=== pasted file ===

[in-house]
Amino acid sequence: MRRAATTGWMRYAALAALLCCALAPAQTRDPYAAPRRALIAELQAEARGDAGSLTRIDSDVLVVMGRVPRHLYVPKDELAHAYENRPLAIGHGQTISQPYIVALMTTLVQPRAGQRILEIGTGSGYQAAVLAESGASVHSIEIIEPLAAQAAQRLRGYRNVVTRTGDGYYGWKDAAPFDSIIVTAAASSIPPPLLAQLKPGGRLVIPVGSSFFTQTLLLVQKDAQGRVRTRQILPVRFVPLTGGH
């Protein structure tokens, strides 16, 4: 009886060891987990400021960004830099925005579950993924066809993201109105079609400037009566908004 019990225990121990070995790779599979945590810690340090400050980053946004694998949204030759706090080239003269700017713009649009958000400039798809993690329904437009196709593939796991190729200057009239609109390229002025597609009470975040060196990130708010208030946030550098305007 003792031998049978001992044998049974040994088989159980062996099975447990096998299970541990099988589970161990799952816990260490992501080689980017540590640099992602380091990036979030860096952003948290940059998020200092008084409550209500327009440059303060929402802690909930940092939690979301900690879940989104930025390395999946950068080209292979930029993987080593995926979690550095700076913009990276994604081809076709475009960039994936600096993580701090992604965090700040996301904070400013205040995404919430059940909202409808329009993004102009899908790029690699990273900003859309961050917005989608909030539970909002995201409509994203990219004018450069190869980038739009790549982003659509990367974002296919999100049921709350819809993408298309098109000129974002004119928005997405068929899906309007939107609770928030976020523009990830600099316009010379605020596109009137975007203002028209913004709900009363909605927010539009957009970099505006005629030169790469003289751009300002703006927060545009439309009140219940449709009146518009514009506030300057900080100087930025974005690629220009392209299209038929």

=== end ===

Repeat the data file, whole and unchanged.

[in-house]
Amino acid sequence: MRRAATTGWMRYAALAALLCCALAPAQTRDPYAAPRRALIAELQAEARGDAGSLTRIDSDVLVVMGRVPRHLYVPKDELAHAYENRPLAIGHGQTISQPYIVALMTTLVQPRAGQRILEIGTGSGYQAAVLAESGASVHSIEIIEPLAAQAAQRLRGYRNVVTRTGDGYYGWKDAAPFDSIIVTAAASSIPPPLLAQLKPGGRLVIPVGSSFFTQTLLLVQKDAQGRVRTRQILPVRFVPLTGGH
């Protein structure tokens, strides 16, 4: 009886060891987990400021960004830099925005579950993924066809993201109105079609400037009566908004 019990225990121990070995790779599979945590810690340090400050980053946004694998949204030759706090080239003269700017713009649009958000400039798809993690329904437009196709593939796991190729200057009239609109390229002025597609009470975040060196990130708010208030946030550098305007 003792031998049978001992044998049974040994088989159980062996099975447990096998299970541990099988589970161990799952816990260490992501080689980017540590640099992602380091990036979030860096952003948290940059998020200092008084409550209500327009440059303060929402802690909930940092939690979301900690879940989104930025390395999946950068080209292979930029993987080593995926979690550095700076913009990276994604081809076709475009960039994936600096993580701090992604965090700040996301904070400013205040995404919430059940909202409808329009993004102009899908790029690699990273900003859309961050917005989608909030539970909002995201409509994203990219004018450069190869980038739009790549982003659509990367974002296919999100049921709350819809993408298309098109000129974002004119928005997405068929899906309007939107609770928030976020523009990830600099316009010379605020596109009137975007203002028209913004709900009363909605927010539009957009970099505006005629030169790469003289751009300002703006927060545009439309009140219940449709009146518009514009506030300057900080100087930025974005690629220009392209299209038929």